© Reuters. FILE PHOTO: A trader works at the stock exchange in Frankfurt, Germany, February March 9, 2020. REUTERS/Kai Pfaffenbach
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A look at the day ahead in European and global markets from Tom Westbrook
Sterling and the euro seem to be losing steam as currency markets tuck themselves in for a nap. JP Morgan’s G7 FX volatility index stands at a one-year low, with financial markets in holding patterns as they await developments in key areas of focus.
Frontlines in Ukraine remain frozen. U.S. debt ceiling talks are deadlocked.
Today’s inflation data, due at 1230 GMT, could offer a jolt if the surprise factor is big enough. Economists polled by Reuters see core CPI steady at a monthly 0.4%.
Annual change in U.S. Consumer Price Index, https://www.reuters.com/graphics/INFLATION-AUTOMATED/US-ANNUAL-CHANGE-VS-CORE-5-YEARS-202303/mopakoradpa/chart_eikon.jpg
However, as Joe Capurso at the Commonwealth Bank of Australia (OTC:CMWAY) notes, Cleveland Fed’s ‘nowcast’ forecasts core CPI going up and if that happens, it could challenge the market’s assumption that U.S. interest rate hikes are finished.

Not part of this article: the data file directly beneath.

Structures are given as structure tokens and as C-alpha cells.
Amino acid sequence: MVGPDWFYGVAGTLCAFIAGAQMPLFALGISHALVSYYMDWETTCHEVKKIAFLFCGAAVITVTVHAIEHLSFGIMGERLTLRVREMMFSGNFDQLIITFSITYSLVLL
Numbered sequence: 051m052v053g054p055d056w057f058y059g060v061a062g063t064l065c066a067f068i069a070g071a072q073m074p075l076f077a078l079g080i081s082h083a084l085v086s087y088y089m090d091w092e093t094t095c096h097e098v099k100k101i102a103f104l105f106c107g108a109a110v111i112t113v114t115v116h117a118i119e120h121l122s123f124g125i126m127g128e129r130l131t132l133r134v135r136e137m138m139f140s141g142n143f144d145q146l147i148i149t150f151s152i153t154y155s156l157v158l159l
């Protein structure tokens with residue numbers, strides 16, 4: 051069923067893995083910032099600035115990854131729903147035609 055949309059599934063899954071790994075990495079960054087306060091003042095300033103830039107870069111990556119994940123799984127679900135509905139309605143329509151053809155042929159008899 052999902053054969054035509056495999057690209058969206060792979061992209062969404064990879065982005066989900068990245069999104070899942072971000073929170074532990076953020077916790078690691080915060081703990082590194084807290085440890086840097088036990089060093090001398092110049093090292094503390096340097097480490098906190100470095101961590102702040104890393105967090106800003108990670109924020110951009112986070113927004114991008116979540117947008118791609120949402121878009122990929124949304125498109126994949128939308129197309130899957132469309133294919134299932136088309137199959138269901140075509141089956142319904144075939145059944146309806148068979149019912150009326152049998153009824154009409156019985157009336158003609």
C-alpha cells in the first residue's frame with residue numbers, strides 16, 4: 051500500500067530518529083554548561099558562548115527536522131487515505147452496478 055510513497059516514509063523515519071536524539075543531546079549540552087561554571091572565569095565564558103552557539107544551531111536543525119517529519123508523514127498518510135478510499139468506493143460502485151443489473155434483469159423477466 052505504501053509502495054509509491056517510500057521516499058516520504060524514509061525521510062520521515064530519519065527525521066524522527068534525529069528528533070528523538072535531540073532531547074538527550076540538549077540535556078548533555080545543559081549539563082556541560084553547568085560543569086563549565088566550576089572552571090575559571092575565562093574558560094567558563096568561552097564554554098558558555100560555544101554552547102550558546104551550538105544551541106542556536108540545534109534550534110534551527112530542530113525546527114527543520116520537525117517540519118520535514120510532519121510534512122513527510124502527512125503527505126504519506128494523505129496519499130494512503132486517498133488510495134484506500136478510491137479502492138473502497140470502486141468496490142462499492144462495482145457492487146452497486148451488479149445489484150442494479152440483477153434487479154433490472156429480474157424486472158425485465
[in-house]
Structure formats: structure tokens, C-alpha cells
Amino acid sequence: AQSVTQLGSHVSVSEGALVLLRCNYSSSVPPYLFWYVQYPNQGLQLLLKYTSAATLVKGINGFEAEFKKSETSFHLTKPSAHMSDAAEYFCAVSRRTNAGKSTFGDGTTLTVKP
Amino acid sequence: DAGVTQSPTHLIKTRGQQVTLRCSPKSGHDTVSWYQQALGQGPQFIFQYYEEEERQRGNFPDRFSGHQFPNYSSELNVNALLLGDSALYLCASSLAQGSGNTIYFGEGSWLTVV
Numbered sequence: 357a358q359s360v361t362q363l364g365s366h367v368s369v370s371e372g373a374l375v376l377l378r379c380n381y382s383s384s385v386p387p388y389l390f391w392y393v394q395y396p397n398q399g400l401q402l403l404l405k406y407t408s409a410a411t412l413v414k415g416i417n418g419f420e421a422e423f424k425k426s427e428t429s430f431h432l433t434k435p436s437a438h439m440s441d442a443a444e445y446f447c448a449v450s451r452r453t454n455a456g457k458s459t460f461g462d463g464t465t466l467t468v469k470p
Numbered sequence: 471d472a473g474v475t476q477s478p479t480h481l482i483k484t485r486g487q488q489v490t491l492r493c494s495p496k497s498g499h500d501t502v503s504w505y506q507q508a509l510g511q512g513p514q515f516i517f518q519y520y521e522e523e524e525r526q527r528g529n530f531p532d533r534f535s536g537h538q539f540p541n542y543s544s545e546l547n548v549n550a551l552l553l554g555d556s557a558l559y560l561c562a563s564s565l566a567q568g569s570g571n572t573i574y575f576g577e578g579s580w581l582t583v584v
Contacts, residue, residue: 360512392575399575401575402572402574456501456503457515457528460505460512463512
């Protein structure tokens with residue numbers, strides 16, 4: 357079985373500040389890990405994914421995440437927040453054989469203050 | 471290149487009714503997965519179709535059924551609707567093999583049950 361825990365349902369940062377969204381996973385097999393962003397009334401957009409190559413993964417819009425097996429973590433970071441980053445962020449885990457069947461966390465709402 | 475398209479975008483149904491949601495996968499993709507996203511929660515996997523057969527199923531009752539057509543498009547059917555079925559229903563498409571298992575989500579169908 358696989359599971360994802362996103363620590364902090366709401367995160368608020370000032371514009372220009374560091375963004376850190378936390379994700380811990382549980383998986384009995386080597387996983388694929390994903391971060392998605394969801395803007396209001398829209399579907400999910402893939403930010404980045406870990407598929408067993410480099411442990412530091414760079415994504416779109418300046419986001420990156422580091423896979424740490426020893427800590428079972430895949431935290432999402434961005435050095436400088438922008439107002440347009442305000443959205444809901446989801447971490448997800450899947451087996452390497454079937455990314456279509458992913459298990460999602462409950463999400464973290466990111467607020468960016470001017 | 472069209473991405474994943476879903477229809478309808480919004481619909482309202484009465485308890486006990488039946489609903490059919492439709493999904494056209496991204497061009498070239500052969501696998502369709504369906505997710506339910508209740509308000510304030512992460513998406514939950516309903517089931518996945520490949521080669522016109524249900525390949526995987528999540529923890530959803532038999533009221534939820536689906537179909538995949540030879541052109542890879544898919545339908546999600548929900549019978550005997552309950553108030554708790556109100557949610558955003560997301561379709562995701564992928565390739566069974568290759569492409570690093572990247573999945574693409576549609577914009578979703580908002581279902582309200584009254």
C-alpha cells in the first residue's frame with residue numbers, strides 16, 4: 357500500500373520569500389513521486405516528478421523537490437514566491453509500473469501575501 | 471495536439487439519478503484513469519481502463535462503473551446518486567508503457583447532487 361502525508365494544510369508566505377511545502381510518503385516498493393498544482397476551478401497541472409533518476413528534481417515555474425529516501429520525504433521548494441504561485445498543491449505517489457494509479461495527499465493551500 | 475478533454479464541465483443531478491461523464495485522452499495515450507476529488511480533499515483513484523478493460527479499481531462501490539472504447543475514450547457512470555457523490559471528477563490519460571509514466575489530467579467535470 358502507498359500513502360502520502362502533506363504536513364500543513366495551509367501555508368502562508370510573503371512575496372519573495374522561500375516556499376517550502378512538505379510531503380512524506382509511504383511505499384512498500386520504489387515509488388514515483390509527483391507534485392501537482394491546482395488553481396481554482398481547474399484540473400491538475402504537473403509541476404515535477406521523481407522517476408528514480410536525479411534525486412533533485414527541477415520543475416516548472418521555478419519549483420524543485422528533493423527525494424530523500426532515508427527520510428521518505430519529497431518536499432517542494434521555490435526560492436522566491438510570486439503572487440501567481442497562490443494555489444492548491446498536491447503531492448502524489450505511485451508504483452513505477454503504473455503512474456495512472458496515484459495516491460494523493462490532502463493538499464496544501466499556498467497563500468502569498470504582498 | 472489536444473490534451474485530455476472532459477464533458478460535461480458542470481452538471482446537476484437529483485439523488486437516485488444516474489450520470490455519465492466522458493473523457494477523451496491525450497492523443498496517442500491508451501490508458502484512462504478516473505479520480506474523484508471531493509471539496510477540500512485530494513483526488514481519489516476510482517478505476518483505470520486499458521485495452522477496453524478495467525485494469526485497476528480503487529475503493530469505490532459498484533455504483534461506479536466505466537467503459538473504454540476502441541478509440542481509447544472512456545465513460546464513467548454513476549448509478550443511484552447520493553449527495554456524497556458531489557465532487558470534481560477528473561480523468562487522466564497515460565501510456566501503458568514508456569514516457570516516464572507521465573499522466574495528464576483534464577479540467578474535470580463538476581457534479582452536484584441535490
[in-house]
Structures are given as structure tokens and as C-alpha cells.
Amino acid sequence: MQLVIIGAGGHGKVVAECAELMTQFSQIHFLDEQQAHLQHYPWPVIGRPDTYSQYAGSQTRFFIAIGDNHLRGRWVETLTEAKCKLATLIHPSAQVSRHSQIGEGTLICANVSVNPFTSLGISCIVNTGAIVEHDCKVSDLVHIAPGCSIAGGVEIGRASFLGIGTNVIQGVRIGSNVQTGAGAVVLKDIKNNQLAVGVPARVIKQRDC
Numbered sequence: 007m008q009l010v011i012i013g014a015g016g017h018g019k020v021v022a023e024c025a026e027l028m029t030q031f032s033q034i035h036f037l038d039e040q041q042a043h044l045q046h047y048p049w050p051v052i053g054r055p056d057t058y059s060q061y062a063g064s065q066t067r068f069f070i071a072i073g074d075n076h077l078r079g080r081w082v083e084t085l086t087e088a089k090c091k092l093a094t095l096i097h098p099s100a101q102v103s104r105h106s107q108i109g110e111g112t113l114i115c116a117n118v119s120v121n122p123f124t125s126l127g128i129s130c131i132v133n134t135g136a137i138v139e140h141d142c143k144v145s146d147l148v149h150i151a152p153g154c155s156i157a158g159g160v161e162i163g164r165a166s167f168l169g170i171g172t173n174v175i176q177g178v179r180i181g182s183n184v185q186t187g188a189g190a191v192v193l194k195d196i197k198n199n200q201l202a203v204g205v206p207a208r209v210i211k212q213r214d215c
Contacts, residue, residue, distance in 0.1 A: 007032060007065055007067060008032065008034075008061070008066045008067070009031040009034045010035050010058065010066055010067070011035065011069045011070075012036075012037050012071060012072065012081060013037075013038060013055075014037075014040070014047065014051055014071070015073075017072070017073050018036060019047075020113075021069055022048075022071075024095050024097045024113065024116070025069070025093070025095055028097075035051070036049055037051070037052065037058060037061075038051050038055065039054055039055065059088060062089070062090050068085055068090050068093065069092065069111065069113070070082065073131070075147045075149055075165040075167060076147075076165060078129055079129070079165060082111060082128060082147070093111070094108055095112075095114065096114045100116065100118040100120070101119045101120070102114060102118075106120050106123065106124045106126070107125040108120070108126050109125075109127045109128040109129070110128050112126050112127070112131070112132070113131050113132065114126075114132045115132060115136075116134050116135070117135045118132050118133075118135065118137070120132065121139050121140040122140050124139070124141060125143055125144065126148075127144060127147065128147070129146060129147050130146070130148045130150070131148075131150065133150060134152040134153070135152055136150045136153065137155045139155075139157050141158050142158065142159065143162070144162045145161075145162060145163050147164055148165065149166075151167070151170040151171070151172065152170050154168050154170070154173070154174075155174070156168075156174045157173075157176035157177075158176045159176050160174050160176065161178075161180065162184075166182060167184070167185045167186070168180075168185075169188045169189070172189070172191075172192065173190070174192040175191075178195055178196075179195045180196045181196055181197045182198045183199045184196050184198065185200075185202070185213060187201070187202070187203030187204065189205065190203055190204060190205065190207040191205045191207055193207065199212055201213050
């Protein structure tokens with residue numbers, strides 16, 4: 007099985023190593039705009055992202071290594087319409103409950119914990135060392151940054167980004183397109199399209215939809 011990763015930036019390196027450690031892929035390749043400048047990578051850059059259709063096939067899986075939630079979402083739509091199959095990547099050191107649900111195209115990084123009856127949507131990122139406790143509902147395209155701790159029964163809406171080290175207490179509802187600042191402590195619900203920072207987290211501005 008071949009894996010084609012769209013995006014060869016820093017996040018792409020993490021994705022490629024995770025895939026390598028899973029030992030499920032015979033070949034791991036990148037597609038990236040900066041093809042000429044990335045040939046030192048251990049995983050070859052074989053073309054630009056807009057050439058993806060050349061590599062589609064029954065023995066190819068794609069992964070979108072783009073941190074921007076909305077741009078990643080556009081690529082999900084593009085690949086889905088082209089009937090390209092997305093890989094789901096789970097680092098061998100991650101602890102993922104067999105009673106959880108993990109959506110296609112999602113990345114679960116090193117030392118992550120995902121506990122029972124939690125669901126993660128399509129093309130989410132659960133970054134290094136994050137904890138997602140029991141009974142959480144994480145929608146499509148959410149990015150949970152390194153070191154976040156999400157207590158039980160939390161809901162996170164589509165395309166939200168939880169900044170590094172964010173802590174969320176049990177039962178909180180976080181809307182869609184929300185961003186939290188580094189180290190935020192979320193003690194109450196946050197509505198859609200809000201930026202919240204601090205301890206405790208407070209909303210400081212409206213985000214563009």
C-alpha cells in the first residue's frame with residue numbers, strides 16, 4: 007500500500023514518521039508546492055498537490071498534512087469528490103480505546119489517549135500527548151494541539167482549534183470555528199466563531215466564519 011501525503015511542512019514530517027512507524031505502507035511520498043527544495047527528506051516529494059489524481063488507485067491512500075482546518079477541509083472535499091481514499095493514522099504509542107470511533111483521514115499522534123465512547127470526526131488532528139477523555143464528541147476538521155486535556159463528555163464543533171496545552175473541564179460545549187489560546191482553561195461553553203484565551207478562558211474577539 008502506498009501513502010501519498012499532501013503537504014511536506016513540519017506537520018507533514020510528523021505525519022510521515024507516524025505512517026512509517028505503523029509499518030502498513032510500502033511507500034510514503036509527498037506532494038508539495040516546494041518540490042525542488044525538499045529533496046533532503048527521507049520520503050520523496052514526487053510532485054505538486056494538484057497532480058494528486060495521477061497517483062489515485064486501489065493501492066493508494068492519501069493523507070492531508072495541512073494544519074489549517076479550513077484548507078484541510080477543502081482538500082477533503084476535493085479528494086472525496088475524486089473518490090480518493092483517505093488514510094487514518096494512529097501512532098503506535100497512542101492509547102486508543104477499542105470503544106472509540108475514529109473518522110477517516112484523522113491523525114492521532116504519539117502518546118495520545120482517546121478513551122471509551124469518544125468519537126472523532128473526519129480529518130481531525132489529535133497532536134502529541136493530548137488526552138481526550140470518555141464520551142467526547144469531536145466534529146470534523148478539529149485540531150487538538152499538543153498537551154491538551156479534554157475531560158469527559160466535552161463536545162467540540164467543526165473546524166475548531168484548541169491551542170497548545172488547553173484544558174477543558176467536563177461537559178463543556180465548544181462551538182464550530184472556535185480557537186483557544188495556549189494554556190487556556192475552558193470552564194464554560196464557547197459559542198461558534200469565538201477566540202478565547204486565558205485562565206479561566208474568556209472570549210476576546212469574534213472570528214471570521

Indeed, CME’s FedWatch tool shows futures imply better-than-even odds that the Fed cuts rates in September.
Beyond the inflation data, U.S. default risks and banking wobbles loom as the next likely focus. Investors are so far avoiding T-Bills that mature around the “X-date” when the U.S. government runs out of cash, expected to be early in June.
Most analysts and investors think that as in the past, an eleventh-hour resolution will be found. But nerves are starting to fray, especially since the assumption that the U.S. government pays its debt on time is the bedrock of much global market activity.
“While this time might not be different, people are thinking that the politics and individuals are certainly much more ideologically driven and dogmatic … party rifts are deeper,” said ING economist Rob Carnell.
“It’s not inconceivable that this goes horribly wrong, whereas in previous occasions it sort of was inconceivable.”
Key developments that could influence markets on Wednesday:
U.S. CPI data